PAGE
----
These machines are also becoming more compact. The controls package on servo-driven case packers was rather comprehensive and typically required a separate cabinet to be located next to the machine on the plant floor. Newer designs eliminate the cabinet, incorporating PLC-based HMI control panels right onto the machine to save space and reduce its overall footprint.
Vertical Start-up Integration
Reduced staffing is also pushing companies to streamline the specification process by having one supplier assume control of a project from initiation through completion. This trend relies on the expertise of the partnering supplier to work with other vendors to research and recommend a total line solution.
This process is called vertical start-up integration, a turnkey approach to project management. Vertical start-up integration is particularly attractive to small and midsize companies that don’t possess the manning or resources to manage this type of project.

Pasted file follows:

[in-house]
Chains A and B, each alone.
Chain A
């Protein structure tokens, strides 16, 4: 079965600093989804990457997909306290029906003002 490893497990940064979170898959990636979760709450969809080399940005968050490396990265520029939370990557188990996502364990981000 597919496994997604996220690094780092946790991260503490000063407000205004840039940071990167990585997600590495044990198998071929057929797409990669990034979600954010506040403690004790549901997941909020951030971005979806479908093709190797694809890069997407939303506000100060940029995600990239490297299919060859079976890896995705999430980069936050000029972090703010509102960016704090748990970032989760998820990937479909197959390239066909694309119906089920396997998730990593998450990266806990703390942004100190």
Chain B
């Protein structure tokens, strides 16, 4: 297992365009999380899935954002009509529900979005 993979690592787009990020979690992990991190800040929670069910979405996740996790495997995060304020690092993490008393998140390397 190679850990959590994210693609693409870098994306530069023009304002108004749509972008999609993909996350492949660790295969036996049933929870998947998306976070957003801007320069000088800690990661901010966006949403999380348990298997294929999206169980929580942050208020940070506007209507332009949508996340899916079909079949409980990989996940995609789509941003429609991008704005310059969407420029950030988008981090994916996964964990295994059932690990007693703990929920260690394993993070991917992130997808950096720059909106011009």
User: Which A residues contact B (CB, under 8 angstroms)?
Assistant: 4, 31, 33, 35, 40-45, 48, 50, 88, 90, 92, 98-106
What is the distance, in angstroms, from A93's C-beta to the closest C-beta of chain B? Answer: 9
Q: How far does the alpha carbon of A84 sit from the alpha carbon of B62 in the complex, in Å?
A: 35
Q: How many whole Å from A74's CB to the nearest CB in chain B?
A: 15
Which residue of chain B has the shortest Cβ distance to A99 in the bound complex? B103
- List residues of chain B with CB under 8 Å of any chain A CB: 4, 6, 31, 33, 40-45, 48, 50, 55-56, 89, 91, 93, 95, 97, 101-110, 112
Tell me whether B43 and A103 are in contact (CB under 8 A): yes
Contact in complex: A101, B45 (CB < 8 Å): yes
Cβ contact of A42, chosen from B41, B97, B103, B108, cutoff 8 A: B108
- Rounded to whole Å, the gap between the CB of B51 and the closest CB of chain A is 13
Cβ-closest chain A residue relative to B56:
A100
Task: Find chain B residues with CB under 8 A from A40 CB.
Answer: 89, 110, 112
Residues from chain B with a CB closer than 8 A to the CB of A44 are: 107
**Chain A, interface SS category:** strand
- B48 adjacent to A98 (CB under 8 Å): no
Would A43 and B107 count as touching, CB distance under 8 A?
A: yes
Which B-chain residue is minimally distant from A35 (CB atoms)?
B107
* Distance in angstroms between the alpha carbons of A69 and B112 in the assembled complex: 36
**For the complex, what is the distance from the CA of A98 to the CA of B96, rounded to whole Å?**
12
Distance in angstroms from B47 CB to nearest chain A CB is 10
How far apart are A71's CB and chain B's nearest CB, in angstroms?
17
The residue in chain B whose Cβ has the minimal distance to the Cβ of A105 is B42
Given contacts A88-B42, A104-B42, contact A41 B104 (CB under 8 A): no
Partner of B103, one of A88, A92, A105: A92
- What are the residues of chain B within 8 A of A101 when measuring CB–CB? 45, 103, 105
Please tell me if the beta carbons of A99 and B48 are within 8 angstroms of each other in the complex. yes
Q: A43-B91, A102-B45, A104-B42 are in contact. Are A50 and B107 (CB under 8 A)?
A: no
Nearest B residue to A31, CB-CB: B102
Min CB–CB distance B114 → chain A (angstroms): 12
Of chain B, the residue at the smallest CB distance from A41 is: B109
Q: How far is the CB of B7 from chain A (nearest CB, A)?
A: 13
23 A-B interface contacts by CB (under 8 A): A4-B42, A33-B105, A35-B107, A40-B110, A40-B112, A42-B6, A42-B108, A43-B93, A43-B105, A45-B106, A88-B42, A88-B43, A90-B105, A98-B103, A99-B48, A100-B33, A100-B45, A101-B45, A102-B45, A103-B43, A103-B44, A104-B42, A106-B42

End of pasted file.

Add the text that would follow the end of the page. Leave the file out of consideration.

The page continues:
To help get the most out of your case packing system, a supplier analyzes all aspects of your application, and asks the right questions up front to ensure the equipment being designed will meet your production rates as efficiently as possible. They evaluate what is occurring upstream and determine how their end-of-line system can best compliment the entire line.
It’s also important to know if a supplier will design a case packing machine around your application and not the other way around. The smarter way to go is through “customizing” the case packer’s infeed system. These customizations, based on criteria such as product collation and pack patterns, don’t add a lot of extra expense or time to the project.